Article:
Possessor of heaven and earth;

And blessed be God Most High,

Who has delivered your enemies into your hand. (Gn 14:19–20)

Melchizedek recognizes that Abram has aligned himself with the God above all other gods—and blesses both Abram and their mutual Creator.

7. Melchizedek is the king of Salem

Salem was a city-state in the land of Canaan. “Salem” means “full, complete, safe, whole, peaceful.” (Not to be confused with selah, which I’m pretty sure means “air harp solo.”) The author of Hebrews calls attention to this when likening Melchizedek to Jesus—Melchizedek was the king of “Peace,” which makes us think of another Prince of Peace we know (He 7:2).

This is interesting for a few reasons. Remember the whole rebellion with King Ched that started this mess? Well, Ched had three loyal kings on his side, and five disloyal kings fighting against him. Each of these kings seems to have ruled some kind of city-state area—but guess which city never enters the fray?

Salem. The city seems to live up to the “safe” and “peaceful” parts of its name.

This is also interesting because the ancient town of Salem later becomes known as Jerusalem—which is where the temple of God that Solomon built would stand.

You can see how the author of Hebrews would be especially keen on connecting Jesus to Melchizedek. Jesus is the son of David, the king of Jerusalem. And Jesus is the high priest of a new covenant—much like Melchizedek was a priest.

8. Melchizedek’s name means “king of righteousness”

The author of Hebrews brings this up in his argument for Christ’s greatness (He 7:2). The name comes from two Hebrew words: malak (king, ruler) and sadaq (righteous, just, innocent). It’s a pretty cool name.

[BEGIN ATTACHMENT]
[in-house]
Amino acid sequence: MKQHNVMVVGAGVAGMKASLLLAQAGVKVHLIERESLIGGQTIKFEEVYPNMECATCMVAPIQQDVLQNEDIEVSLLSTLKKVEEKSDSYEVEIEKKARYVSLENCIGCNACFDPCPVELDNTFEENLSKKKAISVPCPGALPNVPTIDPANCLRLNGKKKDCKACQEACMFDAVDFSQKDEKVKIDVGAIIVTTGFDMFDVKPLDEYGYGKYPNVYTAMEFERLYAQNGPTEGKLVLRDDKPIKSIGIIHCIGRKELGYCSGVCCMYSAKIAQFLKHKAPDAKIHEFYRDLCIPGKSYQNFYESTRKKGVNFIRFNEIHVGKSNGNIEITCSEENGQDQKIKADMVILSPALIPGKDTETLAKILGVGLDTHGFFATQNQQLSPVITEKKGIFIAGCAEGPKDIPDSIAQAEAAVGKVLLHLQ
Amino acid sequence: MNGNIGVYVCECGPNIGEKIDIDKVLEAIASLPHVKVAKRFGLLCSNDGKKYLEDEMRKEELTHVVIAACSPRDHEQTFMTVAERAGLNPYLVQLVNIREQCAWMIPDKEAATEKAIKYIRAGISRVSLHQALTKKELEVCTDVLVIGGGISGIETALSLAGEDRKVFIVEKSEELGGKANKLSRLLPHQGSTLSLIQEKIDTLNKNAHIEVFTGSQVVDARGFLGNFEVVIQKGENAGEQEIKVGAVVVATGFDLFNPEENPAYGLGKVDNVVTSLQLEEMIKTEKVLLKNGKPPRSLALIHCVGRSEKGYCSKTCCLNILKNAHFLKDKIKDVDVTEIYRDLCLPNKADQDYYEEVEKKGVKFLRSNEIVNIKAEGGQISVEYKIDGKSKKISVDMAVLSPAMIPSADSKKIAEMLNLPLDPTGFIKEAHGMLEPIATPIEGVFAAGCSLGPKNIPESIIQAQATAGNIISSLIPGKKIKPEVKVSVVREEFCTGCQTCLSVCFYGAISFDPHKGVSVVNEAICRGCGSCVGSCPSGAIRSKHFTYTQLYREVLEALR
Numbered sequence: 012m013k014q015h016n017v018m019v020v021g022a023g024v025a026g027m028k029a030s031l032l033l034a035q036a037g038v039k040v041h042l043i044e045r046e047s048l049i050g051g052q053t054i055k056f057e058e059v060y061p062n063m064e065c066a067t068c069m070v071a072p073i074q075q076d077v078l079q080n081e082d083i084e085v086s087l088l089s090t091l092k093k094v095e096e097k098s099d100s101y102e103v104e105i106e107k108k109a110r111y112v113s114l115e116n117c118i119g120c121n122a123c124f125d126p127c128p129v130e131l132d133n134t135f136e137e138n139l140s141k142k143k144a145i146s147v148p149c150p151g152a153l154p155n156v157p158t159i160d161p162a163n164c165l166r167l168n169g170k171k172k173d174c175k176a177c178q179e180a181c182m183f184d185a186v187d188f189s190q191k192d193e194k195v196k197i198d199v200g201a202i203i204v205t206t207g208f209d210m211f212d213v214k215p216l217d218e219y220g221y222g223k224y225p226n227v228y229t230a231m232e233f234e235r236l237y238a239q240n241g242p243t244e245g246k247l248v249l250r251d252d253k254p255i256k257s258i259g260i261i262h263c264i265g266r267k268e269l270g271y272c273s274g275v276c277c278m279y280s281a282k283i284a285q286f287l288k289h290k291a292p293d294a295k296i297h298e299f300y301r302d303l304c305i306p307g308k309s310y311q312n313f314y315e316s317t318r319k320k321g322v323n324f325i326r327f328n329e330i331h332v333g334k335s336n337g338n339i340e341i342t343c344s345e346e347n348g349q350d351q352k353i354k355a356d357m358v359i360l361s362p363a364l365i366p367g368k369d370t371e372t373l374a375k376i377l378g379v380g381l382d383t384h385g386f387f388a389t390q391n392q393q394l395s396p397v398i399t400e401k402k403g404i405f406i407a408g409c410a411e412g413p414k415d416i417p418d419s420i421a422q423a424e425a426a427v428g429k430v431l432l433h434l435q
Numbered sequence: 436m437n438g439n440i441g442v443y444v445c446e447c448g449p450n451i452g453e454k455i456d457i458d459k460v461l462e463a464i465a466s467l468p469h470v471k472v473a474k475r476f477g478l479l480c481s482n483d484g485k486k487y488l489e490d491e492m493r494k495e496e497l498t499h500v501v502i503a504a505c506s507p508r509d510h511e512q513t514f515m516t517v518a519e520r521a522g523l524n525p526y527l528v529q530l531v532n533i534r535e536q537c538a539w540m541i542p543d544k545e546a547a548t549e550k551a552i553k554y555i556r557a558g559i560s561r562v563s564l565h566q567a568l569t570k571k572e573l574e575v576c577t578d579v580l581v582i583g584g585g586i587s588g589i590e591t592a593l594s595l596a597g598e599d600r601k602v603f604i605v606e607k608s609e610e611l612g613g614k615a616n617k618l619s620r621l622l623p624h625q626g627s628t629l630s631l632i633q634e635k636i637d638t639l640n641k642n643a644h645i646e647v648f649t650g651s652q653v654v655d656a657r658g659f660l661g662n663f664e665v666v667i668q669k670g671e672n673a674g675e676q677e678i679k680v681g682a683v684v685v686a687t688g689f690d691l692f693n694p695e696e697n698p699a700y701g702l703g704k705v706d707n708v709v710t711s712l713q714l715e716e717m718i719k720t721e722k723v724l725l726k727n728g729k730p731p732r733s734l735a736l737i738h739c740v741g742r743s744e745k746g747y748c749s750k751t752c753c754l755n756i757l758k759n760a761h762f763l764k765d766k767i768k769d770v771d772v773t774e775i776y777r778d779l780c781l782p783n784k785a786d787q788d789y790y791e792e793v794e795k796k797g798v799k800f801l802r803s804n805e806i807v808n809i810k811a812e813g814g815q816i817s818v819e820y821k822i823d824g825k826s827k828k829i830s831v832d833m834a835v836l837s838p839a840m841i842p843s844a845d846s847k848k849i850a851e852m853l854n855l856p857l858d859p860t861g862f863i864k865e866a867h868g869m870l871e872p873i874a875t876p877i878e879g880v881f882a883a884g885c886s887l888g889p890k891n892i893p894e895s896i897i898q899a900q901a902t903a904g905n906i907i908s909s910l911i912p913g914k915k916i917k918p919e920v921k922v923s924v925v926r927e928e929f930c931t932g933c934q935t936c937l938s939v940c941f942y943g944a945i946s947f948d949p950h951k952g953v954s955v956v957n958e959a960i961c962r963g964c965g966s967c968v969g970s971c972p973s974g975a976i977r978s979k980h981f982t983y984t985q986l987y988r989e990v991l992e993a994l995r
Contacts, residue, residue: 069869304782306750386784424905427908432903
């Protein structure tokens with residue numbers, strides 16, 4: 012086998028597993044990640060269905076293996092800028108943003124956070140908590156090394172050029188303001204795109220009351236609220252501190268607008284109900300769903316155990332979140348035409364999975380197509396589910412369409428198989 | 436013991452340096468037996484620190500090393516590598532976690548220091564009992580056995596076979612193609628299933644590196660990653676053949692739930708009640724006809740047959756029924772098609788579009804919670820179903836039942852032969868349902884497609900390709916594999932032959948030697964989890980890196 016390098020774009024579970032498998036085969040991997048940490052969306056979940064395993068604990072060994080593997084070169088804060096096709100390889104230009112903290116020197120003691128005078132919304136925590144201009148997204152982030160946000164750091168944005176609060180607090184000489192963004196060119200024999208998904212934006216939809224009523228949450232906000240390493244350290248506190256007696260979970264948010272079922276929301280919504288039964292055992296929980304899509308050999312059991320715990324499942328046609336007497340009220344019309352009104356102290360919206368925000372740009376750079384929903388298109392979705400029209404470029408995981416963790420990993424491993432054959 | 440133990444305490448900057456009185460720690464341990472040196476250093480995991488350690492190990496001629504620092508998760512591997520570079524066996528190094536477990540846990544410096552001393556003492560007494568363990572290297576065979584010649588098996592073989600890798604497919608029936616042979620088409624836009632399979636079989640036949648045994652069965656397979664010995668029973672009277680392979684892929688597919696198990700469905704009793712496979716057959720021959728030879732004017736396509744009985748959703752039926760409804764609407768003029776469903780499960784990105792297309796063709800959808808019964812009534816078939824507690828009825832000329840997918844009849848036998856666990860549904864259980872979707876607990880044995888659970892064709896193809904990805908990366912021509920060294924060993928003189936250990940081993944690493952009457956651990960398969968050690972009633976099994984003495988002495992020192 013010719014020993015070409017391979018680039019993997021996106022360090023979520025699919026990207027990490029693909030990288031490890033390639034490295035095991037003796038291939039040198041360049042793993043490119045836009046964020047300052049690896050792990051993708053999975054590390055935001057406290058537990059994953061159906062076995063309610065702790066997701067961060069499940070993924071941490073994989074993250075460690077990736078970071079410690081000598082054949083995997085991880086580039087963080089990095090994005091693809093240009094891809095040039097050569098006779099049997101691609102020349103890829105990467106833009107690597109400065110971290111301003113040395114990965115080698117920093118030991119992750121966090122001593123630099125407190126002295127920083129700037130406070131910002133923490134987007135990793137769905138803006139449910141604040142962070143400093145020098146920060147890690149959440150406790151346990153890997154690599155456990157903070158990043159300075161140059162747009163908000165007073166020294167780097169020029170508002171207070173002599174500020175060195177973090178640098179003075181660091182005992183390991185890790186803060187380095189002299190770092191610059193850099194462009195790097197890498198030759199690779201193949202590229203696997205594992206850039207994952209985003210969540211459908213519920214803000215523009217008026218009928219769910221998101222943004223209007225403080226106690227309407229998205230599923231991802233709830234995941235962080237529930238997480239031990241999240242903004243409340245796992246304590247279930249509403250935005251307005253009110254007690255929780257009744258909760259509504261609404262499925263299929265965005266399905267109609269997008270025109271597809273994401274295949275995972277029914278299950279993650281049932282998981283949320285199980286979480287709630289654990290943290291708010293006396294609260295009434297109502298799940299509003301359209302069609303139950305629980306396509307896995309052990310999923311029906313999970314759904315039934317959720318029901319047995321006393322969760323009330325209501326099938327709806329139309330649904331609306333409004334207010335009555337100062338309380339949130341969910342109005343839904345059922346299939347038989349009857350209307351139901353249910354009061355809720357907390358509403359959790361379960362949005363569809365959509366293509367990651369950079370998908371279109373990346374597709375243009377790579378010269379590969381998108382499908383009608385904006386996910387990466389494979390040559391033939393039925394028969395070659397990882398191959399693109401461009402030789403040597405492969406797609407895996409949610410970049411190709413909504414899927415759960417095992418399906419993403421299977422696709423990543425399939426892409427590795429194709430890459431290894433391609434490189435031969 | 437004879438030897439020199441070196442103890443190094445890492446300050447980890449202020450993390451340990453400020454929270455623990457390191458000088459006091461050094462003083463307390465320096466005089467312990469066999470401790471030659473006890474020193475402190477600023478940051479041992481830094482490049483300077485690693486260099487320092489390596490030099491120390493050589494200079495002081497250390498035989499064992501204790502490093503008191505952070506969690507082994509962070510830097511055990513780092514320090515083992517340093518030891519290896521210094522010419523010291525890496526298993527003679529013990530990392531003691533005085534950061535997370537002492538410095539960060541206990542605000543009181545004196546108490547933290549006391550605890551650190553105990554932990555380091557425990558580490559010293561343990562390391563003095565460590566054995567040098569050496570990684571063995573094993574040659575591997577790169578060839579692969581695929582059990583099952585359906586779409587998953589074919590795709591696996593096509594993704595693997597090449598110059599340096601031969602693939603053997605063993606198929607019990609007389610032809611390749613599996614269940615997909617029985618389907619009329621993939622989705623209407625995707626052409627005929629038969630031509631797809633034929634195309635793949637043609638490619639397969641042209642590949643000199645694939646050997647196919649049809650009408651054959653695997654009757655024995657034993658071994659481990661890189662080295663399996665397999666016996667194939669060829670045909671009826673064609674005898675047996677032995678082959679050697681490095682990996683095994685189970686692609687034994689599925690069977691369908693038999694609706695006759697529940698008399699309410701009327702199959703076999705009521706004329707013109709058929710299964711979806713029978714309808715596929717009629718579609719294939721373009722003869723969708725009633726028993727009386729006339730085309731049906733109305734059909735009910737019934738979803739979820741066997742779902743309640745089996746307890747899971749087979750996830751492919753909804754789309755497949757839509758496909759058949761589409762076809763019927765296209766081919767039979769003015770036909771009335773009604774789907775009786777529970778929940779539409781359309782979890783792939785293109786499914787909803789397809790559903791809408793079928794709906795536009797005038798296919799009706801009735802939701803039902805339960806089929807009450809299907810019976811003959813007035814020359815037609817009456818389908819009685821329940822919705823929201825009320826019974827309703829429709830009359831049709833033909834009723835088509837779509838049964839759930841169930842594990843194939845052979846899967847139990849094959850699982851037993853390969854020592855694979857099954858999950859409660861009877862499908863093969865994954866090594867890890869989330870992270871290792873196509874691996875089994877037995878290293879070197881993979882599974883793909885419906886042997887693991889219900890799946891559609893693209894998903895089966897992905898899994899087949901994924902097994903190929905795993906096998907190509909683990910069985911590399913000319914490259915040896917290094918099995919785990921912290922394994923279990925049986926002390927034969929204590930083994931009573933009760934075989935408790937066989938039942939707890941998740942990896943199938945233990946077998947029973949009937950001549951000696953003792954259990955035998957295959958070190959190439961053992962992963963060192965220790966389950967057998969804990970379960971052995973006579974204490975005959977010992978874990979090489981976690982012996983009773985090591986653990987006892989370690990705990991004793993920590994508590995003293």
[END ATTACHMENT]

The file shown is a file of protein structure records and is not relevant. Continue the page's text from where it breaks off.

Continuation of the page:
9. The order of Melchizedek is royal and everlasting

The 110th Psalm is a Messianic prophecy that tells us two things God promised to do for Jesus: make Jesus the king in Zion and make Jesus a priest.

The LORD has sworn and will not change His mind,

“You are a priest forever

According to the order of Melchizedek.” Ps 110:4

And of course, the permanence of Melchizedek’s priestly order is pretty important to the author of Hebrews, since Jesus is the resurrected great high priest of the new covenant between God and man.

10. Melchizedek was greater than Abraham and Aaron

The author of Hebrews argues that when it comes to really outstanding human beings, Melchizedek trumps Abraham (He 7:7)—so much so that Abraham gave Melchizedek a tithe of all the spoils Abraham collected on his mission (Gn 14:20; He 7:4). And if Abraham looked up to Melchizedek, and Aaron looked up to Abraham, that puts the order of Melchizedek a deal higher up the totem pole than Aaron’s priesthood.

Want to know more about Melchizedek and the book of Hebrews?

You can download a Hebrews study guide that looks at Melchizedek and the rest of Hebrews in more detail—and coaches you through studying Hebrews yourself. For a 3-minute read, explore this quick overview on Hebrews.

More of a visual learner? Here’s an infographic on Hebrews. You can also take a look at this illustration based on the theme verse of Hebrews.

1Baker, Warren, and Eugene E. Carpenter. The Complete Word Study Dictionary: Old Testament. Chattanooga, TN: AMG Publishers, 2003.

I used my favorite Bible study tool, Logos Bible software, to do research that made this post possible. If you're a Bible geek like me, you might want to check it out.